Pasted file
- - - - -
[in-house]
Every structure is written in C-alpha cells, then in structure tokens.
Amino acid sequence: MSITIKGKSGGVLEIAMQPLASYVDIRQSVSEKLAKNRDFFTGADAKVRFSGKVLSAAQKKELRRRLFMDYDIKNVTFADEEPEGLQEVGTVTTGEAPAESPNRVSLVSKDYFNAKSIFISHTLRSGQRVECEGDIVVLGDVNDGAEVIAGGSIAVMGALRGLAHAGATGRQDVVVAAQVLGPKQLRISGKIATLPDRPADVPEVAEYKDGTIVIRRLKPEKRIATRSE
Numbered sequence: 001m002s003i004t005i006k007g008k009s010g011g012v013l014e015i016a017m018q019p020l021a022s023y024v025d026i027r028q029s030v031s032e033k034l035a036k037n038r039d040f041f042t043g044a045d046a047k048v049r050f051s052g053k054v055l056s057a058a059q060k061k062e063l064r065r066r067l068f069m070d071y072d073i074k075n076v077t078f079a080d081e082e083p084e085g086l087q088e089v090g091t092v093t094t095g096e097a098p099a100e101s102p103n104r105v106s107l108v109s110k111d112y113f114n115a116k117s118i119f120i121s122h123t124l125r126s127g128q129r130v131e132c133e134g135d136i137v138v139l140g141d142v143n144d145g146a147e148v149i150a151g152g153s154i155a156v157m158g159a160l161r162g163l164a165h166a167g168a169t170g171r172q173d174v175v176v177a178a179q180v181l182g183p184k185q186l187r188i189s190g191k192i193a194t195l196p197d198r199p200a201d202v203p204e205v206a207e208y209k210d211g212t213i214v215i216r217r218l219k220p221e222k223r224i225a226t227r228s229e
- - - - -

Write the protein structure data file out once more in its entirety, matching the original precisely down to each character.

[in-house]
Every structure is written in C-alpha cells, then in structure tokens.
Amino acid sequence: MSITIKGKSGGVLEIAMQPLASYVDIRQSVSEKLAKNRDFFTGADAKVRFSGKVLSAAQKKELRRRLFMDYDIKNVTFADEEPEGLQEVGTVTTGEAPAESPNRVSLVSKDYFNAKSIFISHTLRSGQRVECEGDIVVLGDVNDGAEVIAGGSIAVMGALRGLAHAGATGRQDVVVAAQVLGPKQLRISGKIATLPDRPADVPEVAEYKDGTIVIRRLKPEKRIATRSE
Numbered sequence: 001m002s003i004t005i006k007g008k009s010g011g012v013l014e015i016a017m018q019p020l021a022s023y024v025d026i027r028q029s030v031s032e033k034l035a036k037n038r039d040f041f042t043g044a045d046a047k048v049r050f051s052g053k054v055l056s057a058a059q060k061k062e063l064r065r066r067l068f069m070d071y072d073i074k075n076v077t078f079a080d081e082e083p084e085g086l087q088e089v090g091t092v093t094t095g096e097a098p099a100e101s102p103n104r105v106s107l108v109s110k111d112y113f114n115a116k117s118i119f120i121s122h123t124l125r126s127g128q129r130v131e132c133e134g135d136i137v138v139l140g141d142v143n144d145g146a147e148v149i150a151g152g153s154i155a156v157m158g159a160l161r162g163l164a165h166a167g168a169t170g171r172q173d174v175v176v177a178a179q180v181l182g183p184k185q186l187r188i189s190g191k192i193a194t195l196p197d198r199p200a201d202v203p204e205v206a207e208y209k210d211g212t213i214v215i216r217r218l219k220p221e222k223r224i225a226t227r228s229e